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March 13, 2011

When we gather again on March 13, 2011, we will be observing the first Sunday of Lent. Many of you will have already joined us for our Ash Wednesday service and you will have received the imposition of ashes as a sign of our mortality and penitence. You will have heard the words intoned, Remember that you are dust, and to dust you shall return.
Lent is a time of reflection. It is a time for self-examination. It is a time for repentance. It is a time for prayer and self-denial. It is a time to remember our mortality.
Obviously, such activities should not be limited to one season of the year, but this is that time of the year when we are most pointedly reminded of our great need for a Savior. It is that time of the year when we are asked to make an honest assessment of our faith journey. Where are you as a Christian? How deep is your commitment? How in love with Jesus can you honestly claim to be?
These questions take on a special significance in the season of Lent as we prepare ourselves for the glorious resurrection of our Lord. Will you be prepared to rejoice, or will you be in such a spiritual state as to be on the outside looking in?
Many of us give something up during the season of Lent as an expression of self-denial. I think that is an excellent thing to do. Not only do you distance yourself from something that may well be harmful to you, but you also learn something about the discipline required to stay with the program. If you are successful in your efforts you end up feeling better about who you are, and thats always a good thing.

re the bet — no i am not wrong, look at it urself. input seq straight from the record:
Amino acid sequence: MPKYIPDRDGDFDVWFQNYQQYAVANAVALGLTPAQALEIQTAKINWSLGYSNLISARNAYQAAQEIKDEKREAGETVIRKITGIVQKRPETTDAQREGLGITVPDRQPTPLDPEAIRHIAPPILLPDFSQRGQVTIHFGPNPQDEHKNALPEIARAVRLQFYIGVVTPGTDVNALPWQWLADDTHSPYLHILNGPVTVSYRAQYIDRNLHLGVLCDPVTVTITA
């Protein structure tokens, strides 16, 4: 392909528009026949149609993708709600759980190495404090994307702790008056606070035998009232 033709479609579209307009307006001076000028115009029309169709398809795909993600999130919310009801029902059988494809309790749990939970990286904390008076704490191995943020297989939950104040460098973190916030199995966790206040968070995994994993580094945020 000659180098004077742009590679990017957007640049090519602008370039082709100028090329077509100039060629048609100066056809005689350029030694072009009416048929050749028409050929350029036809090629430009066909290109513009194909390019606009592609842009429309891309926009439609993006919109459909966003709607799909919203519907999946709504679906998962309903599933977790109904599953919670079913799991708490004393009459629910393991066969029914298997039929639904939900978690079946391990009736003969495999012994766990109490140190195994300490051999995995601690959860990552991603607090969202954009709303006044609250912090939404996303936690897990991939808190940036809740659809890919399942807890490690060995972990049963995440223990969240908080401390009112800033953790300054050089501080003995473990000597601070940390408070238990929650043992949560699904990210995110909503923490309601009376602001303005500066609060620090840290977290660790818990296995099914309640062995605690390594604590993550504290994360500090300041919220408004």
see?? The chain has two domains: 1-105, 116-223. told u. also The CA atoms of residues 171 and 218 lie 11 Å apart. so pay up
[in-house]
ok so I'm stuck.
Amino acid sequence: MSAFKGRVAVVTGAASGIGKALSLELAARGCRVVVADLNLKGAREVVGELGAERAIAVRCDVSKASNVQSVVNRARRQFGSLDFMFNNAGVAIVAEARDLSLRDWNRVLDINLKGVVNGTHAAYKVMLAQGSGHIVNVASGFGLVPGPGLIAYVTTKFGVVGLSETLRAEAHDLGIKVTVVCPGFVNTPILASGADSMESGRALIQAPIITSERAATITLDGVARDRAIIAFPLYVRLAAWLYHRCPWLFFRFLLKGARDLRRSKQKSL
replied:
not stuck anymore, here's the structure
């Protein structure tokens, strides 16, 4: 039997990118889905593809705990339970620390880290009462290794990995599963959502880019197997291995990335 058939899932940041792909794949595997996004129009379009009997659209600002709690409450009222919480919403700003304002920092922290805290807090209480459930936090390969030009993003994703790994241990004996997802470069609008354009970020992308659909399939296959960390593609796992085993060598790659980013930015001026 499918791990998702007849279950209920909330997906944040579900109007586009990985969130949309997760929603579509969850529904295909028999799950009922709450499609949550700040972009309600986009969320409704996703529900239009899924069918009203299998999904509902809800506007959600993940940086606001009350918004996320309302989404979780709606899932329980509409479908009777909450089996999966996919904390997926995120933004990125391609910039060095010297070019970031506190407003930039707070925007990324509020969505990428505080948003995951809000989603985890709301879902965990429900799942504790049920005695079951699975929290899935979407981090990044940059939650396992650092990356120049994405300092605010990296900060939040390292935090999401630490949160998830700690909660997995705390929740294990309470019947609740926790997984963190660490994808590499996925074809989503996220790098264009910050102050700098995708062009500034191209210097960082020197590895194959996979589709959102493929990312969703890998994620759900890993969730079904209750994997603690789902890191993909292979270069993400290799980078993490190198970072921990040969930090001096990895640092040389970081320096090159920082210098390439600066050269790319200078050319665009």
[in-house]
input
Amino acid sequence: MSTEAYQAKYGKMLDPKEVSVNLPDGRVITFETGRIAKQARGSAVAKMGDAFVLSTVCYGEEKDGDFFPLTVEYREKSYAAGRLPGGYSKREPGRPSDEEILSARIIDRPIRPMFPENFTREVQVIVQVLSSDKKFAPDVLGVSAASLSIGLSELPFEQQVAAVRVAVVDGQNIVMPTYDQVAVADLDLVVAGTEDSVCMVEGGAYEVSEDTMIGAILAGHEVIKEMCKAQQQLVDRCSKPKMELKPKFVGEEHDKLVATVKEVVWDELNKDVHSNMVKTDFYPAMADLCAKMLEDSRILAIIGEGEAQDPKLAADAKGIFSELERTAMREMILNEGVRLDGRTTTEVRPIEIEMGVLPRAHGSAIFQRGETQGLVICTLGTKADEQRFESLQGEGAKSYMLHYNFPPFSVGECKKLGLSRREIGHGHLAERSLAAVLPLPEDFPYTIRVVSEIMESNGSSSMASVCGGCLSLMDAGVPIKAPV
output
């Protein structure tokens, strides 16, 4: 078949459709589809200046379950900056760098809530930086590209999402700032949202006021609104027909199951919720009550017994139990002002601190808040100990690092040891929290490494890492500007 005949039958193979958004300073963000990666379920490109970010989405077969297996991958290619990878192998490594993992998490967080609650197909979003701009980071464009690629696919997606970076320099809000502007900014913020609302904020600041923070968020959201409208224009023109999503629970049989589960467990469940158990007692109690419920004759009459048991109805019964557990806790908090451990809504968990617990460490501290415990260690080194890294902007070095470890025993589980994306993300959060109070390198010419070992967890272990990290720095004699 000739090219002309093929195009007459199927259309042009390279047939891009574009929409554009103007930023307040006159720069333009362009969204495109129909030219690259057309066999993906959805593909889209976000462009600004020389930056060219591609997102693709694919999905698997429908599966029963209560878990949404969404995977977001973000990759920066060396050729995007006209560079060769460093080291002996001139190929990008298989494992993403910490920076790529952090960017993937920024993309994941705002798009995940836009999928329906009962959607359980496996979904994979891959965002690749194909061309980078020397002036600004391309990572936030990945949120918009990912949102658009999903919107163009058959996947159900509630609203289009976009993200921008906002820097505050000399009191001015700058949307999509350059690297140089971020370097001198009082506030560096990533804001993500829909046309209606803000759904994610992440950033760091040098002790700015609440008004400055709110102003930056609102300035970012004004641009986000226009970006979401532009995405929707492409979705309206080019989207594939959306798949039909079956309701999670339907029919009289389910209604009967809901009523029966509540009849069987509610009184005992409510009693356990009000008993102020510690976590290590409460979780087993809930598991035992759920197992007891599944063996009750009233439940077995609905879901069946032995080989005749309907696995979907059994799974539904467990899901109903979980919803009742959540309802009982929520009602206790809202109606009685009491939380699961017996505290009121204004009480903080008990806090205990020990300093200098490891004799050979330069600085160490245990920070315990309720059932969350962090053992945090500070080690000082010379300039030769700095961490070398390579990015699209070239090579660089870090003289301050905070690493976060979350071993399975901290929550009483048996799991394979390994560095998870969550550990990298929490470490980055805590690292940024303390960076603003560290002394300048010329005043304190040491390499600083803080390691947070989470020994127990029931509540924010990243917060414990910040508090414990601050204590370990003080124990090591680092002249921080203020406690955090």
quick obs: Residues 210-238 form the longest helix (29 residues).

I hope you will engage in some of that this year, but I also hope you will do something more: While you are giving something up, I want to encourage you to take something on.
I spend my days dealing with people who struggle. They struggle with sickness, the effects of surgery, the loss of their jobs, the difficulties of family life, the hell of addiction, the loss of love and relationships, the death of those closest to them, and the list goes on. One thing you can do during Lent is to pray for these people. You dont have to know who they are, you only need to pray.
Lent reminds us that we are all individually responsible for who we are. It follows that God knows each and every one of us by name. And, if that is true, and you can be sure that it is, then it is equally true that God hears us when we pray. He knows for whom we are praying, even if we dont. He knows we trust him enough to take the time to pray, and he will respond to that prayer.
I do not know how that works, but I know when others have been praying for me. Something goes on inside me that steals away the loneliness and chips away at the burden. The journey gets a little easier because someone has prayed for me, or maybe someone has simply prayed for preachers in general. Whatever it might be, the blessing flows to me.
So, pray. Pray for your church, for your community, for the folks you work with, for people in other places and parts of the world youve never seen in your life. The people in the Middle East could use your prayers today. Just pray.
You will find a new richness in your life. You will absolutely know that you are closer to God. You will find yourself so much better prepared for the glorious resurrection of our Lord!
And Ill see you Sunday.
Gary